on her tender breast,
With gentle sighs and kisses there content
you'll go to rest.

No more I'll sit and wonder, for dear waves
you bring to me
A message true and tender that comes from
the mighty sea-
The waves of passion often break and beat
upon me sore,
But calm and rest will come again and
peace my soul restore.



I LAY beside the sea one Summer's day;
The sunbeams danced in glee among the waves;
The breezes sang a pleasant song of May:
The birds were singing too. I could but gaze
Upon the glorious scene, quite lost in thought;
I looked across as far as eye could see
And oh, such memories came to me unsought!
Wert thou not near that hour, dear friend to me?

I thought of thee, my friend of days long past;
Of thy grand passion for the restless sea;
Of how we sang fond ditties, and at last
We watched the sun's last farewell to the trees;
What power hath thought to sadden the whole soul;
The sunshine, rippling waves, all failed to calm
My restless pulse; a sadness o'er me stole-
A loneliness for which there was no balm.



OH baby moon,
Grant me one boon-
Please tell me do,
Please tell me true-
I'm sure you know
So don't say no.

Please tell me now,
To thee I vow,
My lips to hold;
So please be bold-
This is my plea
Thinks he of me?

Oh baby moon,
You make me swoon,
My patience try.
I sit and sigh,
And here I'll stay
Till break of day.



I LOVE the sombre days and sombre nights
Without the sunshine's warmth and starry skies,
Without the blaze of colour and the glow
That on a sunny day doth meet the eyes.

I love the rest they bring to heart and soul,
The thoughts that gather round on these grey days,
The little winds that whisper in the trees,
The birds that sing their cheerful songs of praise.

'Tis on these grey days that my wondering thoughts
Are filled with tender memories of you,
Those happy days when all the world seemed fair
And there was love and laughter for us two.

Was it not, Love, upon a day like this
You came to me and filled my life with bliss?



THE sound of running waters is like music to
my ear
For 'twas by the little rivulet that I first met
my dear;
And now whene'er I hear the running waters sweet-
ly sing
A sort of joy comes to my heart, they seem to sing
of him.

The brooks they know my secrets, I tell them every.
A tale of love and laughter, naught of sorrow do
they bring.
They listen as I tell them how I love his dreamy
Sometimes they laugh and whisper that he's telling
many lies.

And then I strongly chide them saying that my love
is true,
He's promised that whatever comes he'll always he
true blue,
Oh you merry laughing waters your songs go to
my heart,
I love him and I love you too, and we shall never



OH the lovely days of summer
Are the days for love and laughter,
For music and for dancing flowing free:
But what of summer days,
Blue skies, soft winds and flowers,
When One my soul adores is far from me.

What of sunshine and of roses,
What of night winds softly calling,
What of dancing waves upon a silvery sea;
When my heart is lonely, blue,
For love's tender kiss from you,
For the rapture in your voice that thrills me so.

I can feel your strong hands clasp me,
I can hear your lightsome laughter,
As I tell you that I love I know not why;
I can hear you say 'I know,
I can always tell you though,
I love you just for this because I do.'

Oh, the rapture of the hours
That we spent in days gone by,
Tell me, love, when you will make these hours
Oh, the lovely days of June,
Oh, the lovely silvery moon,
Oh the winds that whisper secrets to my heart!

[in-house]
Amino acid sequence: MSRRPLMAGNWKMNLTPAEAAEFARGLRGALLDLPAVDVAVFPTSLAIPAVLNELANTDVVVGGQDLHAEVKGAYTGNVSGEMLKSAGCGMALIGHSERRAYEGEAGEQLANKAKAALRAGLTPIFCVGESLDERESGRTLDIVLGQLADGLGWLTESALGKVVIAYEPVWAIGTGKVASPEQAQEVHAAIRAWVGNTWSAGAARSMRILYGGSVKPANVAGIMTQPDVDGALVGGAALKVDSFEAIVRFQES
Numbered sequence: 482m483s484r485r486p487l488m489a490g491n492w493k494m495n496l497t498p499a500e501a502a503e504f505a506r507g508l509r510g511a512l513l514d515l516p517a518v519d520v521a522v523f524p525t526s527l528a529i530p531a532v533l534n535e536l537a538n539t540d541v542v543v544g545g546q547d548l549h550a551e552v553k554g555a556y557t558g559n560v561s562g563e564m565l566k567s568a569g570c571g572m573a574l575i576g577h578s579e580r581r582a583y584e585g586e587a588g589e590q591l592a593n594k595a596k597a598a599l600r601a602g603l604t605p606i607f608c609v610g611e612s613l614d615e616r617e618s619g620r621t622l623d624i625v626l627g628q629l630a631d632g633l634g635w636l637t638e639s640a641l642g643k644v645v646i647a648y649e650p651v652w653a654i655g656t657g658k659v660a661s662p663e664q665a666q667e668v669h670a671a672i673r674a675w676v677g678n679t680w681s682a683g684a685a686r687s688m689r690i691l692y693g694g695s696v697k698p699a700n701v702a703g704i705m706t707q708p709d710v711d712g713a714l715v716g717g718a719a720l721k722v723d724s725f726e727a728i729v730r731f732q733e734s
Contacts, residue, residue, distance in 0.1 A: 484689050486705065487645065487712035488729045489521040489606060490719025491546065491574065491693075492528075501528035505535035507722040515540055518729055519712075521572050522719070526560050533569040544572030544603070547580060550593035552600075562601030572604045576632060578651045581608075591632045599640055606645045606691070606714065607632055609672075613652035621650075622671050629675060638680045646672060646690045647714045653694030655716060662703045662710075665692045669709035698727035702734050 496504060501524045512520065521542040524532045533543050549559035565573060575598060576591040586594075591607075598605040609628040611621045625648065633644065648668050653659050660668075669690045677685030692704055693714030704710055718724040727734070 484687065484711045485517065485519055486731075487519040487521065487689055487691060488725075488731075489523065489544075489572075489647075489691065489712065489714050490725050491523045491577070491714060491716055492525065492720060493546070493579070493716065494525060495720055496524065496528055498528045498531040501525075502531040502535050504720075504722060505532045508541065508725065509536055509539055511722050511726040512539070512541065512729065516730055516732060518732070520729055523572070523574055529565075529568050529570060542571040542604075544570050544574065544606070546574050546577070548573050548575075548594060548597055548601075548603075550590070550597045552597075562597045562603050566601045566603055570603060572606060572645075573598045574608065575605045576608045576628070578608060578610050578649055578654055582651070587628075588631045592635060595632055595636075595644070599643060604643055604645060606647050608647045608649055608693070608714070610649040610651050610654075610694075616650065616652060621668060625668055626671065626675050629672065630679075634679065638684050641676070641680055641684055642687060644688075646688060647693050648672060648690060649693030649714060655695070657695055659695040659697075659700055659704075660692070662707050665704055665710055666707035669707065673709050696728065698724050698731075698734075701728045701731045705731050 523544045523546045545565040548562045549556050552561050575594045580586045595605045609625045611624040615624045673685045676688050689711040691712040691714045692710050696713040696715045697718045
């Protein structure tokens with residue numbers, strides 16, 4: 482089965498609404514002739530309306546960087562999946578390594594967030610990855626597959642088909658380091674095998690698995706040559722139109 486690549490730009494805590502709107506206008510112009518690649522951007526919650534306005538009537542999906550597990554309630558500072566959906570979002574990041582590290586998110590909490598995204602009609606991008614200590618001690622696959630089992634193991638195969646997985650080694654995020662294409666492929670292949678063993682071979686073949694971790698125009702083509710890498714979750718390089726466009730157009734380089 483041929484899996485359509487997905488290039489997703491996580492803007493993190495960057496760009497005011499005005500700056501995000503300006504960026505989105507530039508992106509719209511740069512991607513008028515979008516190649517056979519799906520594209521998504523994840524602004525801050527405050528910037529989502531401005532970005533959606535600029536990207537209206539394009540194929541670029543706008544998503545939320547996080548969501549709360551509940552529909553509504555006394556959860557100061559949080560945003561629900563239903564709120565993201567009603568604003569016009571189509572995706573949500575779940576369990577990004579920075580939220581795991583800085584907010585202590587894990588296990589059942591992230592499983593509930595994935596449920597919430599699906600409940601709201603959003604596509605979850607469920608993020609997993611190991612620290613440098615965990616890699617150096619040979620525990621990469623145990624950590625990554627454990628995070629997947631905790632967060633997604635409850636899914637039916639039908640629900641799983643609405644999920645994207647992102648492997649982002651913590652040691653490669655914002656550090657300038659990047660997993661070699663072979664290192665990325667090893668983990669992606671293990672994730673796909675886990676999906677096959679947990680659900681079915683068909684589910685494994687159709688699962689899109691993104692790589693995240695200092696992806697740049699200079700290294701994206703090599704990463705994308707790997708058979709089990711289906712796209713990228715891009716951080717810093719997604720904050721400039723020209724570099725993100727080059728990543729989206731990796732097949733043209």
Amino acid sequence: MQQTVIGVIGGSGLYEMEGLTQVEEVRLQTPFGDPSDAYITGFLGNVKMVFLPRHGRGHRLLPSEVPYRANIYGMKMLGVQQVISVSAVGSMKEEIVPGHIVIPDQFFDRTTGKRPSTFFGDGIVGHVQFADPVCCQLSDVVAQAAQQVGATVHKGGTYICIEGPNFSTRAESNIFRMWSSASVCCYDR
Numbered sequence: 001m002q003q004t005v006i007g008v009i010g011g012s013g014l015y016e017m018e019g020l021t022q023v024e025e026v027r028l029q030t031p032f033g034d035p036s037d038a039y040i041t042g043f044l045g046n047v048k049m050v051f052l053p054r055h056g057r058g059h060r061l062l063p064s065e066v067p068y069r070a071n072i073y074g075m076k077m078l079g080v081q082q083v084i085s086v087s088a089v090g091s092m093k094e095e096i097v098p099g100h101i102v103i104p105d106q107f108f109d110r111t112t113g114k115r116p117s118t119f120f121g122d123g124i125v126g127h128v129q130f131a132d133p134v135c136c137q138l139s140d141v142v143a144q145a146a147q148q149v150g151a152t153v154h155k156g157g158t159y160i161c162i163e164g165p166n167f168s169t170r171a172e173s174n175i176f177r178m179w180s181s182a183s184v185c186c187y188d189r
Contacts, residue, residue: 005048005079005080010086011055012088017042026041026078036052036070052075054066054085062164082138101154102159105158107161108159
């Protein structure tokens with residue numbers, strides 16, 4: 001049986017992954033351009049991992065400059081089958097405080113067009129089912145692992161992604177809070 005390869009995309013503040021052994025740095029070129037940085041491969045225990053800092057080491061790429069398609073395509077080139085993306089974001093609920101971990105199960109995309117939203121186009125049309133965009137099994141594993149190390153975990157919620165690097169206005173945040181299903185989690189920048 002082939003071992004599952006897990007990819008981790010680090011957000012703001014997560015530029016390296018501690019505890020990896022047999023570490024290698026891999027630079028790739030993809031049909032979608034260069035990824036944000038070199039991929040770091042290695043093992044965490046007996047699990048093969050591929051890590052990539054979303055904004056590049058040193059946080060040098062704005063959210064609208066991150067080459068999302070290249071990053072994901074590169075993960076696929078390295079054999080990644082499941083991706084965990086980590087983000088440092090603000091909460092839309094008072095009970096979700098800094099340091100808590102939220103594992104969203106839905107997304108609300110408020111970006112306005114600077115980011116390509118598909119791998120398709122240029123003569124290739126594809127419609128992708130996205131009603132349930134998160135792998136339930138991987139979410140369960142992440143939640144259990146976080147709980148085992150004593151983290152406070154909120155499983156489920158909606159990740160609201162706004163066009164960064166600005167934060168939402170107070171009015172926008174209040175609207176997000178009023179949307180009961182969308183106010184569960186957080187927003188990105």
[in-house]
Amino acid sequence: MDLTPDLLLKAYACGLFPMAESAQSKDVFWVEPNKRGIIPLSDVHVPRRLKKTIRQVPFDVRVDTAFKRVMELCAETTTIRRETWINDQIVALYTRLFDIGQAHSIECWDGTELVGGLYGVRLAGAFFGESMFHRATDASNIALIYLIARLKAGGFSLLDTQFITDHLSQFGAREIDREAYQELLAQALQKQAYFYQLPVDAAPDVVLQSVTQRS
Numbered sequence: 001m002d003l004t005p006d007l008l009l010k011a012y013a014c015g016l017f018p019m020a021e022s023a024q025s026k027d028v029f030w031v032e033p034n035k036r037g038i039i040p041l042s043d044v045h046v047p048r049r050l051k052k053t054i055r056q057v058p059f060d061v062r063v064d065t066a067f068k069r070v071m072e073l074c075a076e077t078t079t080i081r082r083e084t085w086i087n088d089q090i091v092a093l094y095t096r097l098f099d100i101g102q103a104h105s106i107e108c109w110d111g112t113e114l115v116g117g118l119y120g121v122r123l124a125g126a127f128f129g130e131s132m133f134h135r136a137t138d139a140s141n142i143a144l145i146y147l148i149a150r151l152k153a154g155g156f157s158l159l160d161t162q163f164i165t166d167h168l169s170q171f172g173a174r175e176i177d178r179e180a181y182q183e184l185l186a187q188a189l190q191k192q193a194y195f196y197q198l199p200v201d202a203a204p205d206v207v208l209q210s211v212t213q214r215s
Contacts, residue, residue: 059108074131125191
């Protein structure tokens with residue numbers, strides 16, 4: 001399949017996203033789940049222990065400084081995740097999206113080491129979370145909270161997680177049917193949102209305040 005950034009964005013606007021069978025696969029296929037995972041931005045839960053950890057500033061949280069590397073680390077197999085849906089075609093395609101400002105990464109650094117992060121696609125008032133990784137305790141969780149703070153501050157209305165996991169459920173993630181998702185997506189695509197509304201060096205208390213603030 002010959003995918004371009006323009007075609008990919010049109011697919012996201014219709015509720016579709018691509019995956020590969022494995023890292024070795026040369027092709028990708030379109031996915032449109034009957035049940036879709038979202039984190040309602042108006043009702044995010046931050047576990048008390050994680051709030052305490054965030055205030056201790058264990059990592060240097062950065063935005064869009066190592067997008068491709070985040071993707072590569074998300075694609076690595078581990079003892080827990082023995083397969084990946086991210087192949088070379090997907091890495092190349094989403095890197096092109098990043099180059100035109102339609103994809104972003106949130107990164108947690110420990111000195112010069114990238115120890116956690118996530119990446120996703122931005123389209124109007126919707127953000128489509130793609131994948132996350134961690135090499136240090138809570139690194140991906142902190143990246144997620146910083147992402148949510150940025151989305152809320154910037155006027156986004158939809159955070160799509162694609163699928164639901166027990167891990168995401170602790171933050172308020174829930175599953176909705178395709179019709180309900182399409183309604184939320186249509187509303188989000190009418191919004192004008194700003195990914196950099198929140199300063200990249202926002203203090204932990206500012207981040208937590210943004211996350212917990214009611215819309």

He is coming my beloved,
Coming now to see his love,
To re-live those days when all the world was fair.
I can heai his footsteps fall
And his gentle loving call,
And his arms stretched out so wide to welcome me.

Oh, my throbbing heart be still,
Oh my longing eyelids rest,
He will come and love thee all the summer days;
And the days will seem too short,
When he lingers by my side,
We'll forget how long the days of summer are.

Oh my darling thou art come,
My poor heart has ceased to moan,
Enfold me to thy breast, there let me rest, ah,-
Let me rest forever there,
Let me feel you always near,
And every year will seem a summer's day.

For you'll soothe my every care,
You'll dry my every tear,
And I'll bless God for the love you bring to me;
I'll bless Him for the birds,
I'll bless Him for the flowers,
I'll bless Him for the glorious blue of heaven.

I'll praise Him for the sea,
For the waves that dance in glee,
For the little winds that whisper in the trees;


I'll rejoice in summer days,
Yea, I'll sing a song of praise,
But I'll bless Him most because He gave me you.

I will love you to the end,
Oh my dearest earthly friend,
For my love will never change with changing years;
Then when time shall be no more,
And we seek a happier shore,
There we'll love and live all through eternity.

Oh my heart what dreams of bliss!
I can feel your loving kiss,
Blown softly on my cheeks by every wind;
Oh come to me my love,
I am waiting here for thee,
Come oh come, and bless for aye my waiting eyr-s;

Come, ah, come to me my love,
Can't you hear the stars above
Forever telling that I long for thee.
Can't you hear the night winds call,
As the shades of evening fall,
I am waiting, longing, sighing love for thee!
To the tune of the Indian Love Lyric "The Temple Bells."



WHY are ye linked fast
And linger side by side?
Now love has come at last,
Must grief also abide?

Ah, yes, twin souls, they go,
Not devious ways apart;
But he who love would know
Must suffer grief of heart.



SHAD so many loves, friends used to ay
I'd never live to see my wedding day.
Platonic friends I called them, and 'twas fun,
For just like kids we'd romp beneath the sun.

I thought I loved them all, but now I know
The hidden error that deceived me so,
For till your wondering eyes gazed into mine
I never knew that love was half divine.



F thou wert mine, beloved,
And I were thine,
And thou wouldst sing beloved
A song divine.

A song of love so tender,